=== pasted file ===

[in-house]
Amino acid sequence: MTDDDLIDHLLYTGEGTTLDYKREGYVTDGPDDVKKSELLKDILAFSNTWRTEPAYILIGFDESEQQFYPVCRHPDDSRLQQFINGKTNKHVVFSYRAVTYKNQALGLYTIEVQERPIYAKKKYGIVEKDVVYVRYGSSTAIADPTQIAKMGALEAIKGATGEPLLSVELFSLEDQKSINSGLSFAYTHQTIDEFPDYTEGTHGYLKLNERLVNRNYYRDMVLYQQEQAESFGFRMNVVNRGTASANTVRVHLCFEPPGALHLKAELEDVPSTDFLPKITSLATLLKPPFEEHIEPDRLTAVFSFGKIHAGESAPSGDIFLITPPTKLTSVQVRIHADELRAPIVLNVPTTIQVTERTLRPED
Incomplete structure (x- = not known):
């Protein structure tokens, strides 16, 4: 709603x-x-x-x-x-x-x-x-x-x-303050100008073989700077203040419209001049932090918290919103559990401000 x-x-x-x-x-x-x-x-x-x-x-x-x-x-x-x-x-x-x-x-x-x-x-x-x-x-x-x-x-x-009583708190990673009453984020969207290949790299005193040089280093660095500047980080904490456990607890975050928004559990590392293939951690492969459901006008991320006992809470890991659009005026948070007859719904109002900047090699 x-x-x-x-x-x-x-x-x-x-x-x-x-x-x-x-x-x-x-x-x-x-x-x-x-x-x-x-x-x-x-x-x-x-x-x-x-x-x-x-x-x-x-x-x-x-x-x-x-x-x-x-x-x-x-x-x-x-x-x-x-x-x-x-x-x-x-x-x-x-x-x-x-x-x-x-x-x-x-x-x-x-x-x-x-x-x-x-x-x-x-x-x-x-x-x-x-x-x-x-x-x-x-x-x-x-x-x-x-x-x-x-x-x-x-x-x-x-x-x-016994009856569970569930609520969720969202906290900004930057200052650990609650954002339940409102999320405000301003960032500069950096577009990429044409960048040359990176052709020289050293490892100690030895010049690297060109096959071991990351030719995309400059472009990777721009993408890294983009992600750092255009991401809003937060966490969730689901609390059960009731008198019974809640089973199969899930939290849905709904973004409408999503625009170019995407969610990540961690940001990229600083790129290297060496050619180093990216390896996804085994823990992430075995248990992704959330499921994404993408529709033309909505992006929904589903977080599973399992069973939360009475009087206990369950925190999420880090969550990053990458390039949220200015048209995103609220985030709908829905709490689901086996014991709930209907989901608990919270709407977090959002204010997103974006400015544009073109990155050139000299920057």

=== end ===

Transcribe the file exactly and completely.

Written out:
[in-house]
Amino acid sequence: MTDDDLIDHLLYTGEGTTLDYKREGYVTDGPDDVKKSELLKDILAFSNTWRTEPAYILIGFDESEQQFYPVCRHPDDSRLQQFINGKTNKHVVFSYRAVTYKNQALGLYTIEVQERPIYAKKKYGIVEKDVVYVRYGSSTAIADPTQIAKMGALEAIKGATGEPLLSVELFSLEDQKSINSGLSFAYTHQTIDEFPDYTEGTHGYLKLNERLVNRNYYRDMVLYQQEQAESFGFRMNVVNRGTASANTVRVHLCFEPPGALHLKAELEDVPSTDFLPKITSLATLLKPPFEEHIEPDRLTAVFSFGKIHAGESAPSGDIFLITPPTKLTSVQVRIHADELRAPIVLNVPTTIQVTERTLRPED
Incomplete structure (x- = not known):
């Protein structure tokens, strides 16, 4: 709603x-x-x-x-x-x-x-x-x-x-303050100008073989700077203040419209001049932090918290919103559990401000 x-x-x-x-x-x-x-x-x-x-x-x-x-x-x-x-x-x-x-x-x-x-x-x-x-x-x-x-x-x-009583708190990673009453984020969207290949790299005193040089280093660095500047980080904490456990607890975050928004559990590392293939951690492969459901006008991320006992809470890991659009005026948070007859719904109002900047090699 x-x-x-x-x-x-x-x-x-x-x-x-x-x-x-x-x-x-x-x-x-x-x-x-x-x-x-x-x-x-x-x-x-x-x-x-x-x-x-x-x-x-x-x-x-x-x-x-x-x-x-x-x-x-x-x-x-x-x-x-x-x-x-x-x-x-x-x-x-x-x-x-x-x-x-x-x-x-x-x-x-x-x-x-x-x-x-x-x-x-x-x-x-x-x-x-x-x-x-x-x-x-x-x-x-x-x-x-x-x-x-x-x-x-x-x-x-x-x-x-016994009856569970569930609520969720969202906290900004930057200052650990609650954002339940409102999320405000301003960032500069950096577009990429044409960048040359990176052709020289050293490892100690030895010049690297060109096959071991990351030719995309400059472009990777721009993408890294983009992600750092255009991401809003937060966490969730689901609390059960009731008198019974809640089973199969899930939290849905709904973004409408999503625009170019995407969610990540961690940001990229600083790129290297060496050619180093990216390896996804085994823990992430075995248990992704959330499921994404993408529709033309909505992006929904589903977080599973399992069973939360009475009087206990369950925190999420880090969550990053990458390039949220200015048209995103609220985030709908829905709490689901086996014991709930209907989901608990919270709407977090959002204010997103974006400015544009073109990155050139000299920057």